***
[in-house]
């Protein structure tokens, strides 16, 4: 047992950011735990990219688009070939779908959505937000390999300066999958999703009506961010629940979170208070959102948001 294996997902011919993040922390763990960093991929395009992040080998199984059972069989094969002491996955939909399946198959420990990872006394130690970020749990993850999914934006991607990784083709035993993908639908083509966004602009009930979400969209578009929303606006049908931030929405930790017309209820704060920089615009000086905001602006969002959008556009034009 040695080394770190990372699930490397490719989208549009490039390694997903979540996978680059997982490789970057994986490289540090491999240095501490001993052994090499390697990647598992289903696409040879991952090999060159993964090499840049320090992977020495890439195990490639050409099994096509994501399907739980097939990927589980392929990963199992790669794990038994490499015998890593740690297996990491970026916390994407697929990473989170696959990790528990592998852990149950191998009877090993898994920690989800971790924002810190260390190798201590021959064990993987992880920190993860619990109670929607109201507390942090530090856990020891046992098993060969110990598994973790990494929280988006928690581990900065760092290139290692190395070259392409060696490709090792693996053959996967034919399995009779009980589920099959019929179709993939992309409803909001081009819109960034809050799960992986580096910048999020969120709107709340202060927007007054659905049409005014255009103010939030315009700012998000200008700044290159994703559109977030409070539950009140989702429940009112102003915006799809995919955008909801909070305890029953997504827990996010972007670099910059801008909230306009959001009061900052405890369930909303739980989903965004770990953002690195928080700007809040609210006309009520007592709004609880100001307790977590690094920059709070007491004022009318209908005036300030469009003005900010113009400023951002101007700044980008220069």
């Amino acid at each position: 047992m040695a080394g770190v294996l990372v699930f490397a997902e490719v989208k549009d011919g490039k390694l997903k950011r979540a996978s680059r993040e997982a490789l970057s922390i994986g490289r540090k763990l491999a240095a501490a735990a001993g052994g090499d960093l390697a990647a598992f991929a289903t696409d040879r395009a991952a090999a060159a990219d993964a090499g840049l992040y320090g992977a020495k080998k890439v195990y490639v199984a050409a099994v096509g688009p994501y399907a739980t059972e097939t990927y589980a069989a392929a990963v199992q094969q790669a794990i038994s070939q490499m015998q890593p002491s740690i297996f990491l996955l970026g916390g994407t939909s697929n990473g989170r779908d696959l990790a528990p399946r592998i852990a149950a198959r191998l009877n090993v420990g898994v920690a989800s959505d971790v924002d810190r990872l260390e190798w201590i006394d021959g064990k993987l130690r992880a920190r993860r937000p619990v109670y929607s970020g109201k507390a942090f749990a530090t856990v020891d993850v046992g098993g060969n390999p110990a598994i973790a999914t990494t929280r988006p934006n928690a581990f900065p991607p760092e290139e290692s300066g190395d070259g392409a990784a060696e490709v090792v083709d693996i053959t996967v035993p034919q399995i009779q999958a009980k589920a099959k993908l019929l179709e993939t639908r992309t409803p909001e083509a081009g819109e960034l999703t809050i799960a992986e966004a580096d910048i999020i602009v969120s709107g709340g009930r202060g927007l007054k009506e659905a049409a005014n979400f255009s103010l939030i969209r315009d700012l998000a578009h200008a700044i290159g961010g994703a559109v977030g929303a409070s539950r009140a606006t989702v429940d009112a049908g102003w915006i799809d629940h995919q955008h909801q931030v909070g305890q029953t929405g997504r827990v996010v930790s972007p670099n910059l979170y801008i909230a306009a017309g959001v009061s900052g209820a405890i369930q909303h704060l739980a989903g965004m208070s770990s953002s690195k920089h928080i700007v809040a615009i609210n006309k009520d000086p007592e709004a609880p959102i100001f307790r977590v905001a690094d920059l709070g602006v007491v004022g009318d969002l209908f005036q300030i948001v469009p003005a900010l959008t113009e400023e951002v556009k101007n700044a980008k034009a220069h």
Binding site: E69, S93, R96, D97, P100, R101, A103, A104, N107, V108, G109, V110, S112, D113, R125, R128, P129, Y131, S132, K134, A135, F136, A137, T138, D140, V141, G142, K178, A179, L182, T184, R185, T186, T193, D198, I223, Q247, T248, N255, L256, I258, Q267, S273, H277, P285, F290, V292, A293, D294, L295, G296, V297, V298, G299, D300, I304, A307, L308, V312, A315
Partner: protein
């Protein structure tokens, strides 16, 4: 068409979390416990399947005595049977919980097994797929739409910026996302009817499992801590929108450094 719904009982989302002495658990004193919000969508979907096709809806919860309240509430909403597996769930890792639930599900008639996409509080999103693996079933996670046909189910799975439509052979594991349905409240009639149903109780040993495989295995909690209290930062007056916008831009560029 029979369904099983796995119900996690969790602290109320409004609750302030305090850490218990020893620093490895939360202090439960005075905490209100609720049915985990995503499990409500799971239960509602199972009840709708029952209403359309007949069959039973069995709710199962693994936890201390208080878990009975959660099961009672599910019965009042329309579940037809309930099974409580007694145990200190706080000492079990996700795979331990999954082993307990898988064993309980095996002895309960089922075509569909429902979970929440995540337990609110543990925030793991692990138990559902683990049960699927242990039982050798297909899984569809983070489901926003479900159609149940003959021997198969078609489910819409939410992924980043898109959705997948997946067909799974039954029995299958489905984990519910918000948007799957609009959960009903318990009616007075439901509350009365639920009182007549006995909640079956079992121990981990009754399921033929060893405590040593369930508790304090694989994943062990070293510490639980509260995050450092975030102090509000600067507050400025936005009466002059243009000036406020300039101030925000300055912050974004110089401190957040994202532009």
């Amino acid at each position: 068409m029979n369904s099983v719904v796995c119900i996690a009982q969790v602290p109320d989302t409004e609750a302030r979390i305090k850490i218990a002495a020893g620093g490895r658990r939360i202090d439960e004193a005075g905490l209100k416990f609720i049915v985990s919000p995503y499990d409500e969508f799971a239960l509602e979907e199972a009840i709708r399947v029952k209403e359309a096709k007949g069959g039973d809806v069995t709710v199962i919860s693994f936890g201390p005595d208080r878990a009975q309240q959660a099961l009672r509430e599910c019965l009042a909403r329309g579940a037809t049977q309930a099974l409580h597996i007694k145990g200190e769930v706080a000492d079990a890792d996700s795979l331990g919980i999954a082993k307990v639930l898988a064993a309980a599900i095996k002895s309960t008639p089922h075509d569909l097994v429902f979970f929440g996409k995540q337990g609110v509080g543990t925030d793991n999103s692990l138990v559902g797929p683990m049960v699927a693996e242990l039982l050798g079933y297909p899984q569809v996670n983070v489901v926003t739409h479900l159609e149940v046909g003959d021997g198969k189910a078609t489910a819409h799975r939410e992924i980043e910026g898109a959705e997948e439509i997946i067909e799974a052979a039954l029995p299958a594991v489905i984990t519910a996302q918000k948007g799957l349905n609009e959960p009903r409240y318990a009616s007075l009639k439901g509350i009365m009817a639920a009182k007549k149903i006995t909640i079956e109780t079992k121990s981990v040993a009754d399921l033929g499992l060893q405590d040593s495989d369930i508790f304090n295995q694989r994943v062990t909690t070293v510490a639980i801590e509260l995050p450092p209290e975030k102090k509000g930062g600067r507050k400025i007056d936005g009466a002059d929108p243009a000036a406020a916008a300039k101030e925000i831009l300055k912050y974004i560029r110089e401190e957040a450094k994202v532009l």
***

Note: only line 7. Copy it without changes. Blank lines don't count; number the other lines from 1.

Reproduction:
């Amino acid at each position: 068409m029979n369904s099983v719904v796995c119900i996690a009982q969790v602290p109320d989302t409004e609750a302030r979390i305090k850490i218990a002495a020893g620093g490895r658990r939360i202090d439960e004193a005075g905490l209100k416990f609720i049915v985990s919000p995503y499990d409500e969508f799971a239960l509602e979907e199972a009840i709708r399947v029952k209403e359309a096709k007949g069959g039973d809806v069995t709710v199962i919860s693994f936890g201390p005595d208080r878990a009975q309240q959660a099961l009672r509430e599910c019965l009042a909403r329309g579940a037809t049977q309930a099974l409580h597996i007694k145990g200190e769930v706080a000492d079990a890792d996700s795979l331990g919980i999954a082993k307990v639930l898988a064993a309980a599900i095996k002895s309960t008639p089922h075509d569909l097994v429902f979970f929440g996409k995540q337990g609110v509080g543990t925030d793991n999103s692990l138990v559902g797929p683990m049960v699927a693996e242990l039982l050798g079933y297909p899984q569809v996670n983070v489901v926003t739409h479900l159609e149940v046909g003959d021997g198969k189910a078609t489910a819409h799975r939410e992924i980043e910026g898109a959705e997948e439509i997946i067909e799974a052979a039954l029995p299958a594991v489905i984990t519910a996302q918000k948007g799957l349905n609009e959960p009903r409240y318990a009616s007075l009639k439901g509350i009365m009817a639920a009182k007549k149903i006995t909640i079956e109780t079992k121990s981990v040993a009754d399921l033929g499992l060893q405590d040593s495989d369930i508790f304090n295995q694989r994943v062990t909690t070293v510490a639980i801590e509260l995050p450092p209290e975030k102090k509000g930062g600067r507050k400025i007056d936005g009466a002059d929108p243009a000036a406020a916008a300039k101030e925000i831009l300055k912050y974004i560029r110089e401190e957040a450094k994202v532009l």